Malvo was legally insane, expert says

CHESAPEAKE, Va. -- Unable to distinguish between right and wrong, Lee Boyd Malvo met the standard for being legally insane when he participated in last year's deadly sniper rampage, a Maryland psychiatrist for his defense testified yesterday.

"From Day One, I thought he met the legal criteria for being legally insane in Virginia," Dr. Neil Blumberg told the jurors in the capital murder trial.

Blumberg said that Malvo had a mental disease that made him "unable to distinguish right from wrong and was unable to resist the impulse to commit the offense." Those are two of the tests for legal insanity as it is defined in Virginia.

The psychiatrist was the second to take the stand yesterday to tell jurors that the Jamaican-born teen-ager had lost his sense of what is right. Blumberg diagnosed the youth as suffering from an unspecified "dissociative disorder," depression and a "conduct disorder."

But he believes the dysfunction was because of brainwashing by his alleged accomplice, convicted killer John Allen Muhammad. A Virginia Beach jury recommended a death sentence for Muhammad.

Blumberg, who said he is being paid about $42,500 by the state of Maryland for his evaluation of Malvo, said the disorder and brainwashing allowed the teen-ager to snuff out his feelings and take part in shooting after shooting, all for Muhammad's "righteous cause."

Even as Blumberg spoke, Malvo furiously doodled on a pad, as he has for most of the trial, alternating between looking up at the subject of his sketches and hunching over the defense table to draw.

The manic sketching, Blumberg said, was an example of dissociation, of Malvo blocking out the unpleasantness of a trial that could lead to his execution.

"This is a technique whereby he doesn't even have to think about what is going on here," Blumberg said. "What's going on here is he is being tried for murder, and he faces the death penalty. And the way he deals with that is focusing on his drawings, keeping his mind elsewhere."

Blumberg's testimony, and the earlier testimony of Maine psychiatrist Dr. Diane Schetky, are crucial to Malvo's insanity defense. Schetky testified that Malvo was like "putty" in Muhammad's hands.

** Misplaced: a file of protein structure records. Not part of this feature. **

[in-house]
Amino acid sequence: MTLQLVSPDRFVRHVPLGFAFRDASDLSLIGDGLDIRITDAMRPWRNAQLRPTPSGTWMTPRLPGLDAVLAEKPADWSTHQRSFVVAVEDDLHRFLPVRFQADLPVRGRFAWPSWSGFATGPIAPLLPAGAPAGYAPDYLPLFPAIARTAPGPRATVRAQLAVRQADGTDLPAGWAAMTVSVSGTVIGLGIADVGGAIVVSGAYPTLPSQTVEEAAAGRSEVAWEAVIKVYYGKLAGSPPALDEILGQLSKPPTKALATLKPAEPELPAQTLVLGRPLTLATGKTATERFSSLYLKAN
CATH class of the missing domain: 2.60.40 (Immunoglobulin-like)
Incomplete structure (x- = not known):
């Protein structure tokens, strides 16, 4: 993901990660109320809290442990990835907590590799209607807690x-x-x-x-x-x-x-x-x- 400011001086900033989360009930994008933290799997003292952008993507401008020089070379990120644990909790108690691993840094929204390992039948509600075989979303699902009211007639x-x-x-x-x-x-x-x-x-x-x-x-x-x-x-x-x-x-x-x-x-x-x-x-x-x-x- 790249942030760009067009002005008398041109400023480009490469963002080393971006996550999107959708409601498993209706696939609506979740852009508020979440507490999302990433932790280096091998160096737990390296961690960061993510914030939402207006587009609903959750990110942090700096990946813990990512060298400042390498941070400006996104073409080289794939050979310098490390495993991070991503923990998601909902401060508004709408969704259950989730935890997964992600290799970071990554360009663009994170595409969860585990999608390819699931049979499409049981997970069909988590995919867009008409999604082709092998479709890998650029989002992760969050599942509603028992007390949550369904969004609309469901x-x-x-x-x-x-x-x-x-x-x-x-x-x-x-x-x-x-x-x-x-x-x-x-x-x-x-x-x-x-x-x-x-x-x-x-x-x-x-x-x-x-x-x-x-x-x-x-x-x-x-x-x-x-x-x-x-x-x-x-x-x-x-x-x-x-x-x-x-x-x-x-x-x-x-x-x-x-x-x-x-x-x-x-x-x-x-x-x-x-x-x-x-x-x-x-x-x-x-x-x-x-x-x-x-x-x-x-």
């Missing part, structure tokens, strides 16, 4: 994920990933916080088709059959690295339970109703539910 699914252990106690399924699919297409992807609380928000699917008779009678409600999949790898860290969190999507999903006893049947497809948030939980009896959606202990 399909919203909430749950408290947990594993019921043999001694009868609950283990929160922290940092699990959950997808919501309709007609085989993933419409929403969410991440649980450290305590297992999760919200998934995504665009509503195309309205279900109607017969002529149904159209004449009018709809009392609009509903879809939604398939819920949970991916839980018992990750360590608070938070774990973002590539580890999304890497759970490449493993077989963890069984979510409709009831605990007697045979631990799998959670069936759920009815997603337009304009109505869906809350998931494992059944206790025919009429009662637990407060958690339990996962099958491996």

Malvo is pleading not guilty by reason of insanity to two capital murder charges in the Oct. 14, 2002, fatal shooting of FBI analyst Linda Franklin in the parking lot of a Home Depot in Fairfax County, Va., one of 10 fatal shootings in a three-week stretch.

The battle of the mental health experts will begin in earnest as early as today, once the defense rests and prosecutors begin a rebuttal with two experts. Jurors will have to decide between the two psychological interpretations -- one, from the defense, that asserts Malvo's mind unraveled, and the second, from the prosecution, that he is a scheming killer who was in control of his mental faculties.

"The human mind is capable of great evil. But it is also capable of coming apart," said Jose Anderson, a University of Baltimore law professor who formerly supervised appeals in the state public defenders capital division.

Legal experts say that odds are against the jury finding Malvo insane. But they say that 11 days of defense testimony depicting him as a poor Caribbean child, whose rough background left him vulnerable to becoming Muhammad's murderous disciple, may give jurors reasons to spare his life.

Blumberg said the brainwashing process robbed Malvo of his identity and replaced it with one merged into Muhammad's.

"He basically became a sponge for all of the rhetoric Muhammad was willing to give," Blumberg said. With violent video games and movies, and oratory, Muhammad got him to believe that only with violence could they free oppressed American blacks, gain custody of Muhammad's children, and get the government to pay them $10 million to stop the shootings, money they would use to start a utopian colony.

On cross-examination by Fairfax County Commonwealth's Attorney Robert F. Horan Jr., Blumberg said he did not specifically ask Malvo if he knew right from wrong in several of the shootings because that was too leading a question. He did say, however, that Malvo was conflicted about his first killing, that of Keenya Cook on Feb. 16 last year.

In that killing, just days shy of his 17th birthday, Malvo did what Muhammad ordered: kill at the home of Isa Nichols, a bookkeeper at Muhammad's defunct Tacoma, Wash., business who sided with his estranged wife in a bitter divorce and custody dispute, Blumberg said. Muhammad told Malvo that Nichols robbed him of $1 million, robbed other Muslims and played a key role in his child custody loss, he said.

"His plan was to kill one of her relatives every year to get back at her," Blumberg said. He said Malvo feared abandonment by Muhammad more than he was disturbed about his "mission."

Defense psychiatrists contend that Malvo falsely confessed to protect his "father." After starting to reconnect with his Jamaican past, they said, Malvo told them that he shot Cook, and that the only Washington-area sniper shooting he committed was the final one, the killing of Montgomery County bus driver Conrad Johnson on Oct. 22. He claimed that he was the spotter in the rest.

Schetky said Malvo grew "hyperfocused" during the shootings, evidenced by detailed planning and site-scouting he did before the crimes. She said Malvo placed a trail of little plastic flags as an escape route for Muhammad in woods behind the Ponderosa restaurant in Ashland, Va., where a man was shot in the parking lot.

Such behavior, the psychiatrist testified, is common to dissociative behavior.

But Horan said it was common to another behavior: "Can it also be seen as a premeditated, deliberate attempt to kill a number of people?" he asked.

Schetky allowed that it was possible.

Blumberg told the nine women and seven men hearing the case that Malvo honed his ability to block out unpleasantness as a child.